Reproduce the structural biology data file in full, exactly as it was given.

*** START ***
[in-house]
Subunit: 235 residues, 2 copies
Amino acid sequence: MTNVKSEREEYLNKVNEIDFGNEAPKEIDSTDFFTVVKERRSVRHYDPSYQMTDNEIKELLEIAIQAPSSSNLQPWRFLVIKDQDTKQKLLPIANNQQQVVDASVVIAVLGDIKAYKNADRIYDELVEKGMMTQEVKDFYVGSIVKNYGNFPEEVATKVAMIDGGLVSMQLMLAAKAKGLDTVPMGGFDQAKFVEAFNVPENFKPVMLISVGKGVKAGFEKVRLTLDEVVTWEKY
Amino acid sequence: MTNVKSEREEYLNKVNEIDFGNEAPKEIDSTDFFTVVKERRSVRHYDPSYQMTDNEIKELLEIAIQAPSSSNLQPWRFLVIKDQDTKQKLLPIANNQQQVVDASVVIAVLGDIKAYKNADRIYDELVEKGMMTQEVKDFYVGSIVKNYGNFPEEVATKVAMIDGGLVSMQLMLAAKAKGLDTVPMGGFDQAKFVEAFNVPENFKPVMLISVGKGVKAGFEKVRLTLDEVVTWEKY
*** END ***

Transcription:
[in-house]
Subunit: 235 residues, 2 copies
Amino acid sequence: MTNVKSEREEYLNKVNEIDFGNEAPKEIDSTDFFTVVKERRSVRHYDPSYQMTDNEIKELLEIAIQAPSSSNLQPWRFLVIKDQDTKQKLLPIANNQQQVVDASVVIAVLGDIKAYKNADRIYDELVEKGMMTQEVKDFYVGSIVKNYGNFPEEVATKVAMIDGGLVSMQLMLAAKAKGLDTVPMGGFDQAKFVEAFNVPENFKPVMLISVGKGVKAGFEKVRLTLDEVVTWEKY
Amino acid sequence: MTNVKSEREEYLNKVNEIDFGNEAPKEIDSTDFFTVVKERRSVRHYDPSYQMTDNEIKELLEIAIQAPSSSNLQPWRFLVIKDQDTKQKLLPIANNQQQVVDASVVIAVLGDIKAYKNADRIYDELVEKGMMTQEVKDFYVGSIVKNYGNFPEEVATKVAMIDGGLVSMQLMLAAKAKGLDTVPMGGFDQAKFVEAFNVPENFKPVMLISVGKGVKAGFEKVRLTLDEVVTWEKY